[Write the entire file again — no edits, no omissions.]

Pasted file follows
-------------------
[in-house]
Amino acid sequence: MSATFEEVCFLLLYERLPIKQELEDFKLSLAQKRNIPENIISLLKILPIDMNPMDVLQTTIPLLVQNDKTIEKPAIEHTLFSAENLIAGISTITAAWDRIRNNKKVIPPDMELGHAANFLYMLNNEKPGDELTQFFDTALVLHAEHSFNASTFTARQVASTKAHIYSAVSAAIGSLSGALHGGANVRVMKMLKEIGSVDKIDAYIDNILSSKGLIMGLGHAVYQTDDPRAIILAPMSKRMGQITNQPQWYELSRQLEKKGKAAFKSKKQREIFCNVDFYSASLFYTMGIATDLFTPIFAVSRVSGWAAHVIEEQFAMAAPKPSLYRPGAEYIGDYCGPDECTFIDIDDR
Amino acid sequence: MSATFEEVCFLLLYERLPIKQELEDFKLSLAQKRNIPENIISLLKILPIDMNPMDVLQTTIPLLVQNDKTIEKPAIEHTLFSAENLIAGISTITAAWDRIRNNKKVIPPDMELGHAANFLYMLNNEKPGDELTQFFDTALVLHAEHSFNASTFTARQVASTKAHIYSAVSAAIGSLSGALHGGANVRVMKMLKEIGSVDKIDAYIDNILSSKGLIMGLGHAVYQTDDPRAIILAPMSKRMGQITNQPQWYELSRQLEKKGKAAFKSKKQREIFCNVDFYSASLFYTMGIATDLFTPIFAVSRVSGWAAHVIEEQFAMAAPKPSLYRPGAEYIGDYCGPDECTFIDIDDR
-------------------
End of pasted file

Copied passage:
[in-house]
Amino acid sequence: MSATFEEVCFLLLYERLPIKQELEDFKLSLAQKRNIPENIISLLKILPIDMNPMDVLQTTIPLLVQNDKTIEKPAIEHTLFSAENLIAGISTITAAWDRIRNNKKVIPPDMELGHAANFLYMLNNEKPGDELTQFFDTALVLHAEHSFNASTFTARQVASTKAHIYSAVSAAIGSLSGALHGGANVRVMKMLKEIGSVDKIDAYIDNILSSKGLIMGLGHAVYQTDDPRAIILAPMSKRMGQITNQPQWYELSRQLEKKGKAAFKSKKQREIFCNVDFYSASLFYTMGIATDLFTPIFAVSRVSGWAAHVIEEQFAMAAPKPSLYRPGAEYIGDYCGPDECTFIDIDDR
Amino acid sequence: MSATFEEVCFLLLYERLPIKQELEDFKLSLAQKRNIPENIISLLKILPIDMNPMDVLQTTIPLLVQNDKTIEKPAIEHTLFSAENLIAGISTITAAWDRIRNNKKVIPPDMELGHAANFLYMLNNEKPGDELTQFFDTALVLHAEHSFNASTFTARQVASTKAHIYSAVSAAIGSLSGALHGGANVRVMKMLKEIGSVDKIDAYIDNILSSKGLIMGLGHAVYQTDDPRAIILAPMSKRMGQITNQPQWYELSRQLEKKGKAAFKSKKQREIFCNVDFYSASLFYTMGIATDLFTPIFAVSRVSGWAAHVIEEQFAMAAPKPSLYRPGAEYIGDYCGPDECTFIDIDDR